Availability of Data Critical in the Fight Against Crime – Montague

Photo: Dave Reid Minister of National Security, Hon. Robert Montague, addressing a forum organised by the Inter-American Development Bank (IDB) at the Spanish Court Hotel in New Kingston on Tuesday (May 2). The forum was entitled: ‘Crime and Violence in Jamaica: Data Driven Policy for Effective Citizen Security’ .

Story Highlights

  • Minister of National Security, Hon. Robert Montague, says the continuous collection and analysis of reliable data are essential in addressing crime and violence in the country.
  • “To develop effective and informed interventions, better data are needed, and not only about crime in the traditional sense but about intimate-partner violence, child abuse, neglect and other domestic-type violence,” he noted.
  • Minister Montague said that the availability of data can facilitate parish- or neighbourhood-specific crime plans.

Minister of National Security, Hon. Robert Montague, says the continuous collection and analysis of reliable data are essential in addressing crime and violence in the country.

He said the availability of data is critical in the development of preventative strategies and facilitates effective deployment of resources.

“To develop effective and informed interventions, better data are needed, and not only about crime in the traditional sense but about intimate-partner violence, child abuse, neglect and other domestic-type violence,” he noted.

The Minister was speaking at a crime-prevention forum at the Spanish Court Hotel in New Kingston on Tuesday (May 2).

He noted that the five-pillar crime strategy, which was recently tabled in the House of Representatives and outlines the Government’s strategic perspectives in the fight against crime, “cannot be successful without complete and accurate data”.

The strategy focuses on a sure and swift justice process, crime prevention through social development, situational prevention, effective policing and reducing reoffending.

Minister Montague said that the availability of data can facilitate parish- or neighbourhood-specific crime plans.

He noted, for example, that while the findings of the 2016 national crime victimisation survey indicate that victimisation levels are declining nationally, fear of criminal victimisation was highest in St. James, Trelawny, Clarendon and St. Catherine.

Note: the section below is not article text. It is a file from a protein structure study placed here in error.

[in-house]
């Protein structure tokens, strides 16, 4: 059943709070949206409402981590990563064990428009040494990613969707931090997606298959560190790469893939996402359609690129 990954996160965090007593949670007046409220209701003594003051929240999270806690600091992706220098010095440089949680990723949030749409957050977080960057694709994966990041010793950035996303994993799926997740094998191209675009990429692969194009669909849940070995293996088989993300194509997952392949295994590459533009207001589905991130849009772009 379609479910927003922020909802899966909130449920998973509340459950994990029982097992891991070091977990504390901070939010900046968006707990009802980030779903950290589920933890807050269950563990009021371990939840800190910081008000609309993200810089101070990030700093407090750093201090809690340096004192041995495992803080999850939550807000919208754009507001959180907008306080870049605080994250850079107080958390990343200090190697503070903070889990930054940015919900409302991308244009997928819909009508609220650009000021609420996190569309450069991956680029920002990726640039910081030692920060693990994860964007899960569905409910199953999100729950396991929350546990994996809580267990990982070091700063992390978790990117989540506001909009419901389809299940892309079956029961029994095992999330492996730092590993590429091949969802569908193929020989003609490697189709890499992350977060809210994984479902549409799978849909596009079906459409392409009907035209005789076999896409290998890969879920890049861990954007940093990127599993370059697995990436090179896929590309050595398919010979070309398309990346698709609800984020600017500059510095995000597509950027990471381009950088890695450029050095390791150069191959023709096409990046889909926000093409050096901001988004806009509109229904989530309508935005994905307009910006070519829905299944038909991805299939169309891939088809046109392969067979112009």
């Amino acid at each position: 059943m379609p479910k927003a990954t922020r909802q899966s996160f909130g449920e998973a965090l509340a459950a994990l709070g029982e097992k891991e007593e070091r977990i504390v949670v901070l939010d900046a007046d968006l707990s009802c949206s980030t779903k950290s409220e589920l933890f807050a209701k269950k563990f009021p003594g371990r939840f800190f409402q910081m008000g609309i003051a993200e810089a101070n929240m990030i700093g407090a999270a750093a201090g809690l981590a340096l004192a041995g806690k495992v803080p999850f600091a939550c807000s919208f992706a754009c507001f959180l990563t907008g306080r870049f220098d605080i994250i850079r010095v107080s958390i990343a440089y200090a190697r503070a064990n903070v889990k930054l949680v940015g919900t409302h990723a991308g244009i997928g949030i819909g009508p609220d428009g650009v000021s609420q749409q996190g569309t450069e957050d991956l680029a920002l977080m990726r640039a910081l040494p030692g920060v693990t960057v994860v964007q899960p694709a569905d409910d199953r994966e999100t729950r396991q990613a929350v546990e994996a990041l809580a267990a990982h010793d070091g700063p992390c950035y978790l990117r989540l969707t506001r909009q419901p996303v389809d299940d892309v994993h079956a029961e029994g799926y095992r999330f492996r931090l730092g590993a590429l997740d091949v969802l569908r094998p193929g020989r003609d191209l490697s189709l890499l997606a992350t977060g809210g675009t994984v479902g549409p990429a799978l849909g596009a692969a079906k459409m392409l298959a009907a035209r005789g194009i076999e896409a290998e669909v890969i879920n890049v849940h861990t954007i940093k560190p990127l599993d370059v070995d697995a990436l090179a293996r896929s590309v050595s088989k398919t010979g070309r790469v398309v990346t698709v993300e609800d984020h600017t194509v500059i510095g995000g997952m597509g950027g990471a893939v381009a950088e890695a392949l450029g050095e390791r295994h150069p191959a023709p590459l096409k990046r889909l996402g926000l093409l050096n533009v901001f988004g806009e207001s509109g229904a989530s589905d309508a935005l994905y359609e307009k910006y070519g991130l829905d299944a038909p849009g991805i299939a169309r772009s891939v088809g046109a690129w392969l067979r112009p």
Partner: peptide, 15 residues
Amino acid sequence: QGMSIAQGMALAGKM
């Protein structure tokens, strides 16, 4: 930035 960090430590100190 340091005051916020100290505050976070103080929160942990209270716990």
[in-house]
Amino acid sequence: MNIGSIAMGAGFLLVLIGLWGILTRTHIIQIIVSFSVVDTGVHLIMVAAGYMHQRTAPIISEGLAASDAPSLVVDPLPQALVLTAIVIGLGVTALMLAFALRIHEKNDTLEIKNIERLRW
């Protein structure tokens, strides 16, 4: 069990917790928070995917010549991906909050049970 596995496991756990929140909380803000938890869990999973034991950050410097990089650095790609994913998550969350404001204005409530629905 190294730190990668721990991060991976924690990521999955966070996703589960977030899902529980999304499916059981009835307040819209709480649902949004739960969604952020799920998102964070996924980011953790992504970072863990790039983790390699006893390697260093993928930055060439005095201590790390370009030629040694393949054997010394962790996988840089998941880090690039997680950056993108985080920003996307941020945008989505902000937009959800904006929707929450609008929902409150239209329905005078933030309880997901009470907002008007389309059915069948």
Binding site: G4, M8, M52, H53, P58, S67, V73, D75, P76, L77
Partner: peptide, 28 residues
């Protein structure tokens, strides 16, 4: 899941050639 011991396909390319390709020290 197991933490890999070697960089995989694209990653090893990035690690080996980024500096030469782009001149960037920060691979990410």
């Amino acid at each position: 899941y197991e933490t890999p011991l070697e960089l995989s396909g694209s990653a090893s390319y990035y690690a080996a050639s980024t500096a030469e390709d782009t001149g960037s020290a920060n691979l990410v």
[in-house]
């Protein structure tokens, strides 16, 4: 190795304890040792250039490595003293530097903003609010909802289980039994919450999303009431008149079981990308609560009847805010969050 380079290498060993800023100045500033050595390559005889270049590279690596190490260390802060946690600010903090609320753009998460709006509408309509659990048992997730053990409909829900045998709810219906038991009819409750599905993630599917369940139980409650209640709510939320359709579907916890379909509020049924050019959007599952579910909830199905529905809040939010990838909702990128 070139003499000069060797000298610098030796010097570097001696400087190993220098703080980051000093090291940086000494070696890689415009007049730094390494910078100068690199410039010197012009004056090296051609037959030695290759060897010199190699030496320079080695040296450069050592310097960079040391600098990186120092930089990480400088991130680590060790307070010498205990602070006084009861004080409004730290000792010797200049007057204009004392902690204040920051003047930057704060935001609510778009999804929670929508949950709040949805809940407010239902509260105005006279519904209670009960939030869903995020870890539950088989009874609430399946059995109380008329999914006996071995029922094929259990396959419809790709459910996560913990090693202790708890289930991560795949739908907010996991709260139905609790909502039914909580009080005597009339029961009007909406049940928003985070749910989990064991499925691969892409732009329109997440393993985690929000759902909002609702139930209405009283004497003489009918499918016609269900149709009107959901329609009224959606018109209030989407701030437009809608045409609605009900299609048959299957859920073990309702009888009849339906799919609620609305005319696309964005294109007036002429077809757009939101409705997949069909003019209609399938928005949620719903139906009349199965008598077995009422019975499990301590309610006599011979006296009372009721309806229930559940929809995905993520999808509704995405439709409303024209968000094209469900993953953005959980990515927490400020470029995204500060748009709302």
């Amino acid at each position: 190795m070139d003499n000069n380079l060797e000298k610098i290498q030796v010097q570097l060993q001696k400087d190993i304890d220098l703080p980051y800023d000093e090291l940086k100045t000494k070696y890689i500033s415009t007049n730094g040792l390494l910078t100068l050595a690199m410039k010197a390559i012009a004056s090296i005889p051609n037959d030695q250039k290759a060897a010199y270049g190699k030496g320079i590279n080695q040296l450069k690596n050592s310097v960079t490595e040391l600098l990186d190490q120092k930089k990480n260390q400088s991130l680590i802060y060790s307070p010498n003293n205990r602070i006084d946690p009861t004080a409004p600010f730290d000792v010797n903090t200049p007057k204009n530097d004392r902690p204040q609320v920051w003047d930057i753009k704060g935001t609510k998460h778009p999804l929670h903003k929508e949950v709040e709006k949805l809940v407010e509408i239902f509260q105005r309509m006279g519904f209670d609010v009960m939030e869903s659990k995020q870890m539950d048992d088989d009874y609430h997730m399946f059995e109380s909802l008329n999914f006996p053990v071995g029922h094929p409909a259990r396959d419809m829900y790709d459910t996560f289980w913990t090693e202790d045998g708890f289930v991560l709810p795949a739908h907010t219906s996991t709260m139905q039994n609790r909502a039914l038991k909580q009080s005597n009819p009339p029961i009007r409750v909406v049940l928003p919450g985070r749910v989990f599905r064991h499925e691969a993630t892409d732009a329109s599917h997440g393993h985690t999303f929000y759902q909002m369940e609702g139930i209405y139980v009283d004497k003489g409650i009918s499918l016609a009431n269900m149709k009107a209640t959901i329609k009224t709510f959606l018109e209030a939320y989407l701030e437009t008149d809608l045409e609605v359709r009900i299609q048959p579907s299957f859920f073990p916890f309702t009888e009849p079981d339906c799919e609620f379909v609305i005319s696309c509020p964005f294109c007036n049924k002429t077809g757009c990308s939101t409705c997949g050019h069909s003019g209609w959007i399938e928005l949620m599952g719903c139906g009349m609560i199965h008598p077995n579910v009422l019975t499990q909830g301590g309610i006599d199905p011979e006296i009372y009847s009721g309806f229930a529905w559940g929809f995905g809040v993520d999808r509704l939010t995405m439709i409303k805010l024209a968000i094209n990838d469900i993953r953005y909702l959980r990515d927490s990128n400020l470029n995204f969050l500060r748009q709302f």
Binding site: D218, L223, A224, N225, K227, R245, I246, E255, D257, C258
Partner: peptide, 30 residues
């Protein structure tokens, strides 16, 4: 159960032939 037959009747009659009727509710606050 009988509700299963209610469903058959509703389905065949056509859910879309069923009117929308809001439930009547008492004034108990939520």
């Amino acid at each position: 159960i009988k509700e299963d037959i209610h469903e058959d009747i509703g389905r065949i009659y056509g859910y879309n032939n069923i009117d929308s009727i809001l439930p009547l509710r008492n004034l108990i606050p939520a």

“Armed with this data, we can devise policies to improve upon these results in these specific parishes. Data from community surveys, systemic observations and crime-prevention assessments are necessary ingredients for data-driven crime prevention,” he pointed out.

Minister Montague said the country’s forensic data gathering and analysis continue to improve. “When a weapon is taken off the streets, it is now put through a rigorous process of analysis, and, as a result, we have now developed a system where guns are assigned names and are ranked,” he pointed out.

He said the data suggest that “guns are moving from parish to parish; therefore, it is telling us that we need to prevent (criminals) from moving so easily across parish boundaries”.

The forum, entitled ‘Crime and Violence in Jamaica: Data-Driven Policy for Effective Citizen Security’ was organised by the Inter-American Development Bank (IDB).

It was aimed at forging a multisectoral approach to security policy decision-making, driven by data and information.

Local and international experts and academics led the discussion on how data and information can be used more effectively in crime prevention, policing and reintegration.

IDB Country Representative for Jamaica, Therese Turner-Jones, noted that the forum will assist the IDB, in partnership with the Ministry of National Security, to continue to improve citizen security through the implementation of evidence-based interventions that can lead to crime reduction.

“When we successfully reduce crime, we are simultaneously improving lives,” she pointed out.

The IDB has been working with the Government for 17 years in several areas focused on crime prevention, such as the Citizen Security and Justice Programme (CSJP).

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